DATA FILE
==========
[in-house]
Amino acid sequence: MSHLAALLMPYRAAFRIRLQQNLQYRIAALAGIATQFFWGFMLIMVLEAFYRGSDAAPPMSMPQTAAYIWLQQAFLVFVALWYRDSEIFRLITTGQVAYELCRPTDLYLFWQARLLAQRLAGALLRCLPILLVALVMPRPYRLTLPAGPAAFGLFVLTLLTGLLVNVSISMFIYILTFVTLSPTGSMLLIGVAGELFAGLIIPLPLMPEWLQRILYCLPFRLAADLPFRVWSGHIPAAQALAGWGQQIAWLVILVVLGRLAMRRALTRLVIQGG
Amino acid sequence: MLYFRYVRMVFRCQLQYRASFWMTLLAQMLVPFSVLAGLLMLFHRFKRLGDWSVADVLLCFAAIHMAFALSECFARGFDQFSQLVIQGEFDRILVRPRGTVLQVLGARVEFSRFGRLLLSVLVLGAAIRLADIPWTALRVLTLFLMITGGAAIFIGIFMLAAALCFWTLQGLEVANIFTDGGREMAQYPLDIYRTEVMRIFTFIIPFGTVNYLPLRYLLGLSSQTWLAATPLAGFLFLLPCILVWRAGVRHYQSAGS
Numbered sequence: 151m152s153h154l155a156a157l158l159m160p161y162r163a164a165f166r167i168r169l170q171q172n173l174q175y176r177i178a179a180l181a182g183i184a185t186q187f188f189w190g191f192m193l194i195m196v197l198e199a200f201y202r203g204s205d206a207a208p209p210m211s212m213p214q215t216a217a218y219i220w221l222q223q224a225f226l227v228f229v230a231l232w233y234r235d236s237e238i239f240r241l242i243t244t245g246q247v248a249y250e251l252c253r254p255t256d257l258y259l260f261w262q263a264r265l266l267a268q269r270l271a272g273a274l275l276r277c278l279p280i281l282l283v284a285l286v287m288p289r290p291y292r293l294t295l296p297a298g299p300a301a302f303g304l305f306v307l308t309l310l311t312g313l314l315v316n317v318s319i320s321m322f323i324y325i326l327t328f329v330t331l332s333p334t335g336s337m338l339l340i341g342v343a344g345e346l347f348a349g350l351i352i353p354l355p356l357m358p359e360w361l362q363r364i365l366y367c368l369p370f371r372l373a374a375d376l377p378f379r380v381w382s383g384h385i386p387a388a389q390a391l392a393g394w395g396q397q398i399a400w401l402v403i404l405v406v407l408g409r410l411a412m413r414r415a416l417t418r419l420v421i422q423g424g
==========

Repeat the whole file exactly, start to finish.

[in-house]
Amino acid sequence: MSHLAALLMPYRAAFRIRLQQNLQYRIAALAGIATQFFWGFMLIMVLEAFYRGSDAAPPMSMPQTAAYIWLQQAFLVFVALWYRDSEIFRLITTGQVAYELCRPTDLYLFWQARLLAQRLAGALLRCLPILLVALVMPRPYRLTLPAGPAAFGLFVLTLLTGLLVNVSISMFIYILTFVTLSPTGSMLLIGVAGELFAGLIIPLPLMPEWLQRILYCLPFRLAADLPFRVWSGHIPAAQALAGWGQQIAWLVILVVLGRLAMRRALTRLVIQGG
Amino acid sequence: MLYFRYVRMVFRCQLQYRASFWMTLLAQMLVPFSVLAGLLMLFHRFKRLGDWSVADVLLCFAAIHMAFALSECFARGFDQFSQLVIQGEFDRILVRPRGTVLQVLGARVEFSRFGRLLLSVLVLGAAIRLADIPWTALRVLTLFLMITGGAAIFIGIFMLAAALCFWTLQGLEVANIFTDGGREMAQYPLDIYRTEVMRIFTFIIPFGTVNYLPLRYLLGLSSQTWLAATPLAGFLFLLPCILVWRAGVRHYQSAGS
Numbered sequence: 151m152s153h154l155a156a157l158l159m160p161y162r163a164a165f166r167i168r169l170q171q172n173l174q175y176r177i178a179a180l181a182g183i184a185t186q187f188f189w190g191f192m193l194i195m196v197l198e199a200f201y202r203g204s205d206a207a208p209p210m211s212m213p214q215t216a217a218y219i220w221l222q223q224a225f226l227v228f229v230a231l232w233y234r235d236s237e238i239f240r241l242i243t244t245g246q247v248a249y250e251l252c253r254p255t256d257l258y259l260f261w262q263a264r265l266l267a268q269r270l271a272g273a274l275l276r277c278l279p280i281l282l283v284a285l286v287m288p289r290p291y292r293l294t295l296p297a298g299p300a301a302f303g304l305f306v307l308t309l310l311t312g313l314l315v316n317v318s319i320s321m322f323i324y325i326l327t328f329v330t331l332s333p334t335g336s337m338l339l340i341g342v343a344g345e346l347f348a349g350l351i352i353p354l355p356l357m358p359e360w361l362q363r364i365l366y367c368l369p370f371r372l373a374a375d376l377p378f379r380v381w382s383g384h385i386p387a388a389q390a391l392a393g394w395g396q397q398i399a400w401l402v403i404l405v406v407l408g409r410l411a412m413r414r415a416l417t418r419l420v421i422q423g424g